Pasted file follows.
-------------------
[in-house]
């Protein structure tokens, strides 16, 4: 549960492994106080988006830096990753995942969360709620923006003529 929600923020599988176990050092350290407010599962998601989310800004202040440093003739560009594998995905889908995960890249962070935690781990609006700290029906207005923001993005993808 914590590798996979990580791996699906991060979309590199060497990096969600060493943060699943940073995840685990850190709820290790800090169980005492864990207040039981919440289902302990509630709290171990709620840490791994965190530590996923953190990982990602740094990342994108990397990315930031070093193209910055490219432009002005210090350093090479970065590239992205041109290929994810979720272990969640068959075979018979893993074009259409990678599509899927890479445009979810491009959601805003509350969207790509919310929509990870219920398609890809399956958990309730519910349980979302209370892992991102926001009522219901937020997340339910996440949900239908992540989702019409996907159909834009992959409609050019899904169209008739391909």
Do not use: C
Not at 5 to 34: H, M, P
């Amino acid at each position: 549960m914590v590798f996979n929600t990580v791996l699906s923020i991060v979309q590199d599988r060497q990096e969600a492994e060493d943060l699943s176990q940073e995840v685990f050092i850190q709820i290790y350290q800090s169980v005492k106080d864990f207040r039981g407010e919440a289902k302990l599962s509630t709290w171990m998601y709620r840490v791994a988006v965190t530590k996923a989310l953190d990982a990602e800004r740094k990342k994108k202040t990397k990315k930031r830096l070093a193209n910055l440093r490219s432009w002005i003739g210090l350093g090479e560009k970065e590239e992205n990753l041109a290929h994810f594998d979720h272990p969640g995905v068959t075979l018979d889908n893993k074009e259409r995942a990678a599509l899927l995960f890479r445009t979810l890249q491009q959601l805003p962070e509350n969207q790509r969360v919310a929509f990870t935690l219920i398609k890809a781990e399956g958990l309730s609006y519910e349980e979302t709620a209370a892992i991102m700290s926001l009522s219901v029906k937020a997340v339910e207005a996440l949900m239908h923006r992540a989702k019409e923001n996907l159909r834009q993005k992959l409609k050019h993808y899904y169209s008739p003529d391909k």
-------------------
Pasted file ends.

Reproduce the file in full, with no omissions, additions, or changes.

[in-house]
């Protein structure tokens, strides 16, 4: 549960492994106080988006830096990753995942969360709620923006003529 929600923020599988176990050092350290407010599962998601989310800004202040440093003739560009594998995905889908995960890249962070935690781990609006700290029906207005923001993005993808 914590590798996979990580791996699906991060979309590199060497990096969600060493943060699943940073995840685990850190709820290790800090169980005492864990207040039981919440289902302990509630709290171990709620840490791994965190530590996923953190990982990602740094990342994108990397990315930031070093193209910055490219432009002005210090350093090479970065590239992205041109290929994810979720272990969640068959075979018979893993074009259409990678599509899927890479445009979810491009959601805003509350969207790509919310929509990870219920398609890809399956958990309730519910349980979302209370892992991102926001009522219901937020997340339910996440949900239908992540989702019409996907159909834009992959409609050019899904169209008739391909």
Do not use: C
Not at 5 to 34: H, M, P
């Amino acid at each position: 549960m914590v590798f996979n929600t990580v791996l699906s923020i991060v979309q590199d599988r060497q990096e969600a492994e060493d943060l699943s176990q940073e995840v685990f050092i850190q709820i290790y350290q800090s169980v005492k106080d864990f207040r039981g407010e919440a289902k302990l599962s509630t709290w171990m998601y709620r840490v791994a988006v965190t530590k996923a989310l953190d990982a990602e800004r740094k990342k994108k202040t990397k990315k930031r830096l070093a193209n910055l440093r490219s432009w002005i003739g210090l350093g090479e560009k970065e590239e992205n990753l041109a290929h994810f594998d979720h272990p969640g995905v068959t075979l018979d889908n893993k074009e259409r995942a990678a599509l899927l995960f890479r445009t979810l890249q491009q959601l805003p962070e509350n969207q790509r969360v919310a929509f990870t935690l219920i398609k890809a781990e399956g958990l309730s609006y519910e349980e979302t709620a209370a892992i991102m700290s926001l009522s219901v029906k937020a997340v339910e207005a996440l949900m239908h923006r992540a989702k019409e923001n996907l159909r834009q993005k992959l409609k050019h993808y899904y169209s008739p003529d391909k």